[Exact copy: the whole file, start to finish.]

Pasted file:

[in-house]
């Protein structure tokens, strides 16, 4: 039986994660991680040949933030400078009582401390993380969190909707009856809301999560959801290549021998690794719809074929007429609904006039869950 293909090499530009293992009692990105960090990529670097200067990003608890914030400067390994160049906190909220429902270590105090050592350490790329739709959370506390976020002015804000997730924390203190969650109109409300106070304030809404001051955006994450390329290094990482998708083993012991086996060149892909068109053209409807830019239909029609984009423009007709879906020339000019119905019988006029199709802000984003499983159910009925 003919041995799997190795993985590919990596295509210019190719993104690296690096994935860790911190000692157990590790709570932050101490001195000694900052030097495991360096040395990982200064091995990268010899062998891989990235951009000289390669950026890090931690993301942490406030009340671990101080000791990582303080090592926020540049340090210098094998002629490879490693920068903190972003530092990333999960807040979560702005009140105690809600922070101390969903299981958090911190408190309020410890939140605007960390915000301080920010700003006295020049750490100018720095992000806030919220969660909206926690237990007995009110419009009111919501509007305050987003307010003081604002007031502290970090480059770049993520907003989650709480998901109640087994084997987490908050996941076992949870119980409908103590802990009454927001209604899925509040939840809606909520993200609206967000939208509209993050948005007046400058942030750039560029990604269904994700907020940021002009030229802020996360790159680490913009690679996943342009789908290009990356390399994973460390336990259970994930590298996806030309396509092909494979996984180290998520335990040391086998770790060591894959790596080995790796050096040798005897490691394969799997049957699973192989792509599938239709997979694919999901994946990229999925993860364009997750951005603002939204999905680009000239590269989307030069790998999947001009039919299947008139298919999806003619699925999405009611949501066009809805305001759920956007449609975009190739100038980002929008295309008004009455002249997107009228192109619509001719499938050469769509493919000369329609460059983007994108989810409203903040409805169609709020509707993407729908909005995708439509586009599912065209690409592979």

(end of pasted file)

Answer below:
[in-house]
């Protein structure tokens, strides 16, 4: 039986994660991680040949933030400078009582401390993380969190909707009856809301999560959801290549021998690794719809074929007429609904006039869950 293909090499530009293992009692990105960090990529670097200067990003608890914030400067390994160049906190909220429902270590105090050592350490790329739709959370506390976020002015804000997730924390203190969650109109409300106070304030809404001051955006994450390329290094990482998708083993012991086996060149892909068109053209409807830019239909029609984009423009007709879906020339000019119905019988006029199709802000984003499983159910009925 003919041995799997190795993985590919990596295509210019190719993104690296690096994935860790911190000692157990590790709570932050101490001195000694900052030097495991360096040395990982200064091995990268010899062998891989990235951009000289390669950026890090931690993301942490406030009340671990101080000791990582303080090592926020540049340090210098094998002629490879490693920068903190972003530092990333999960807040979560702005009140105690809600922070101390969903299981958090911190408190309020410890939140605007960390915000301080920010700003006295020049750490100018720095992000806030919220969660909206926690237990007995009110419009009111919501509007305050987003307010003081604002007031502290970090480059770049993520907003989650709480998901109640087994084997987490908050996941076992949870119980409908103590802990009454927001209604899925509040939840809606909520993200609206967000939208509209993050948005007046400058942030750039560029990604269904994700907020940021002009030229802020996360790159680490913009690679996943342009789908290009990356390399994973460390336990259970994930590298996806030309396509092909494979996984180290998520335990040391086998770790060591894959790596080995790796050096040798005897490691394969799997049957699973192989792509599938239709997979694919999901994946990229999925993860364009997750951005603002939204999905680009000239590269989307030069790998999947001009039919299947008139298919999806003619699925999405009611949501066009809805305001759920956007449609975009190739100038980002929008295309008004009455002249997107009228192109619509001719499938050469769509493919000369329609460059983007994108989810409203903040409805169609709020509707993407729908909005995708439509586009599912065209690409592979």